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Thursday, 13 September 2018
Page: 51

Medical Research


Mr GOODENOUGH (Moore) (14:38): My question is to the Minister for Health. Will the minister update the House on how the government's plan to keep our economy strong is delivering record investment in world-leading medical research, including for rare cancers and diseases?


Mr HUNT (FlindersMinister for Health) (14:38): I want to thank the member for Moore in particular for his support for R U OK? Day along with all members on this side of the House and including the members for Eden-Monaro and Franklin and the member for Berowra. Many people have been involved in very good work over a very long period of time. As the member for Moore knows, in order to support any branch of medical activity, we need a strong economy, whether it's medicines, whether it is our clinical services or whether it's our medical research. One of the things that we've seen today is the record levels of employment, which go to the strong economy, which go to the ability to support new medicines, clinical treatment and, in particular, medical research. So I am delighted that this week we've been able to very significantly add to support for medical research by having such a strong economy in which the Prime Minister has played such a role, in which so many people on this side have played such a role.

At the heart of this is the fact we've been able to allocate $6 billion to medical research, including $3½ billion for the National Health and Medical Research Council, $500 million for the Biomedical Translation Fund and $2 billion for the Medical Research Future Fund. As part of that Medical Research Future Fund, one of the most important things that we have done is support new clinical trials with a nearly quarter-of-a-billion-dollar program.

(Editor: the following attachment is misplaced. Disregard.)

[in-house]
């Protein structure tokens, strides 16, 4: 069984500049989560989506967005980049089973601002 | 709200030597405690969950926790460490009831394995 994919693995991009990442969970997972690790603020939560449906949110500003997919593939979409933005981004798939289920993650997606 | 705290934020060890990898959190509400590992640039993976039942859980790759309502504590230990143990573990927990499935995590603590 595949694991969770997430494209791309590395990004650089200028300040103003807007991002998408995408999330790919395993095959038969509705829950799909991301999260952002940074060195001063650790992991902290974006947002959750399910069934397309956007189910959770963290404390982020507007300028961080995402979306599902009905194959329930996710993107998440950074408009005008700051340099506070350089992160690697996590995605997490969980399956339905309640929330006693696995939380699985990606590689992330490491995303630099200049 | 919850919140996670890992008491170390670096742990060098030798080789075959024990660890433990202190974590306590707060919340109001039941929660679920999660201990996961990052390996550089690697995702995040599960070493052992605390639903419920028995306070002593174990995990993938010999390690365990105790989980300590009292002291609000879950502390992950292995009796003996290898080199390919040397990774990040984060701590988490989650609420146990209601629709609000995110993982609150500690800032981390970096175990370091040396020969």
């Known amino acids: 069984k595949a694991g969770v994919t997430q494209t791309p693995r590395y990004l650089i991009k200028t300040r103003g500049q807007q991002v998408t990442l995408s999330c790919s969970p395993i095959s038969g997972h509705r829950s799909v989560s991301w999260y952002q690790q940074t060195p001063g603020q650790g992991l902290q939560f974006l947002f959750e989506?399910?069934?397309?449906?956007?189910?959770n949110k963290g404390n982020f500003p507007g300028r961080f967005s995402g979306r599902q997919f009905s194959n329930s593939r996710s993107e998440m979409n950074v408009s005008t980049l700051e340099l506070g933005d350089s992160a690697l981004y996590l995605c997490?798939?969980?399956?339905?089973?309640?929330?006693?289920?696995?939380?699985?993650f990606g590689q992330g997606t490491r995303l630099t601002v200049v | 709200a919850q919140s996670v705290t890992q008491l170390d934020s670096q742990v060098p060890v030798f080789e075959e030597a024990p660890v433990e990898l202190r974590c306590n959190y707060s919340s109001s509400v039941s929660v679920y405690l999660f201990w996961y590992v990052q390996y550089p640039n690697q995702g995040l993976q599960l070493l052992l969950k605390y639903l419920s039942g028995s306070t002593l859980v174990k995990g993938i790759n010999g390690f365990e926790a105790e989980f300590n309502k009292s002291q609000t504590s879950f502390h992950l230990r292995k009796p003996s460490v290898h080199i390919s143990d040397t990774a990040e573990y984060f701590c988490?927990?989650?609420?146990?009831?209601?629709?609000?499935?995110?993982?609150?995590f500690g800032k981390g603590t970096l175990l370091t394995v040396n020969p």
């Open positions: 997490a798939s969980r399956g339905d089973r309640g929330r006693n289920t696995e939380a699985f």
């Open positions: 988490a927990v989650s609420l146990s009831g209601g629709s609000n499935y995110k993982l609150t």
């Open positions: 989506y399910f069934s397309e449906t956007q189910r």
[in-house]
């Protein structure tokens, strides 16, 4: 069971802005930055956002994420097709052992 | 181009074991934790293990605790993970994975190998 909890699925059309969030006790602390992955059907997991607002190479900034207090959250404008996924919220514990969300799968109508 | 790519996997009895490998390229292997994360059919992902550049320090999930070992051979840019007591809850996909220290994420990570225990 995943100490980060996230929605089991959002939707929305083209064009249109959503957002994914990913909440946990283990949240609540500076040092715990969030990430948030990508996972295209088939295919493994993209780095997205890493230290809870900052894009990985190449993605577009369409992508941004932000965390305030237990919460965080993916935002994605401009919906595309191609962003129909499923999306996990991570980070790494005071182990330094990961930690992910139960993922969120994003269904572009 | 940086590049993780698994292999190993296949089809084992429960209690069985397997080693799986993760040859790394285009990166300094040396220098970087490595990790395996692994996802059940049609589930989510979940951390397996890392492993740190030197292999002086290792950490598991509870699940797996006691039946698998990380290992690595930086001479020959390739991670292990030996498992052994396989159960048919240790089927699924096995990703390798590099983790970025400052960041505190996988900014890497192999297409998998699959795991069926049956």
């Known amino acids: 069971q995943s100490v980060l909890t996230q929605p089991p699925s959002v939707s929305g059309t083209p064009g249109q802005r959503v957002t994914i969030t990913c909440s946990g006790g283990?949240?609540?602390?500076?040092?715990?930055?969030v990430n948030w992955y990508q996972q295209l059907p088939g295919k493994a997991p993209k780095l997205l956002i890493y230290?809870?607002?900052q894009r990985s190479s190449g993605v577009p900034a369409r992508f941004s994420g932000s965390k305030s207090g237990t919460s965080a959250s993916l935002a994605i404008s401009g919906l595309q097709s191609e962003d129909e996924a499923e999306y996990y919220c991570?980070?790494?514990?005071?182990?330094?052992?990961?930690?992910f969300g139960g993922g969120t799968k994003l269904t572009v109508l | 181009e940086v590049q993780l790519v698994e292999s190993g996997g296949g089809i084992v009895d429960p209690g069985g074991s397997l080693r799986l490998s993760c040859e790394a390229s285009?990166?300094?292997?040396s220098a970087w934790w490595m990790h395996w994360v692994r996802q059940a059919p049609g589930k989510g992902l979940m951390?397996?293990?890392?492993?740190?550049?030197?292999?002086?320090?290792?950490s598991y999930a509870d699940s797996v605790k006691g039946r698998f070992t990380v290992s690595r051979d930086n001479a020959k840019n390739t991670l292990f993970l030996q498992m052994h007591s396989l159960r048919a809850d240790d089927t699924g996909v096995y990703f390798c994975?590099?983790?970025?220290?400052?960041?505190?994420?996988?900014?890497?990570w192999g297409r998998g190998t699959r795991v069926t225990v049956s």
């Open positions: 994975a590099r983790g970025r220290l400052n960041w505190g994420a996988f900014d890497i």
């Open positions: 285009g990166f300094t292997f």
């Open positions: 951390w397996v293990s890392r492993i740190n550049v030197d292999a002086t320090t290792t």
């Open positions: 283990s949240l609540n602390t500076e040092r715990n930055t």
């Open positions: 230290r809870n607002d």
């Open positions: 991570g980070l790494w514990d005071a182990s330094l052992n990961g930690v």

The rare cancers and rare diseases clinical trial program is about giving people hope and opportunity and treatment where they have previously not had such a chance. In particular, this week, we were able to announce six new trials for rare diseases—in particular, trials for rare cancers and rare conditions that would otherwise not have been done—with a $10 million injection. What we've seen is support for pancreatic cancer, traumatic brain injury, rare skin tumours, myeloma, myelofibrosis and conditions such as glioblastoma, a brain cancer which can be so catastrophic. What these trials will do is not only give the individuals who are on them access to potentially lifesaving or life-changing treatments but also bring forward treatments that can be applied to all Australians with those conditions going forward.

I had the privilege of meeting the family of a little girl called Ellie a year ago. That girl was subject to a trial program which sequenced her DNA and found the cause of her tumour, and she was then able to be treated. She was not expected to make her first birthday. Only two weeks ago, she celebrated her second birthday. That's what clinical trials are about, that's what a good economy is about and that's what we're about.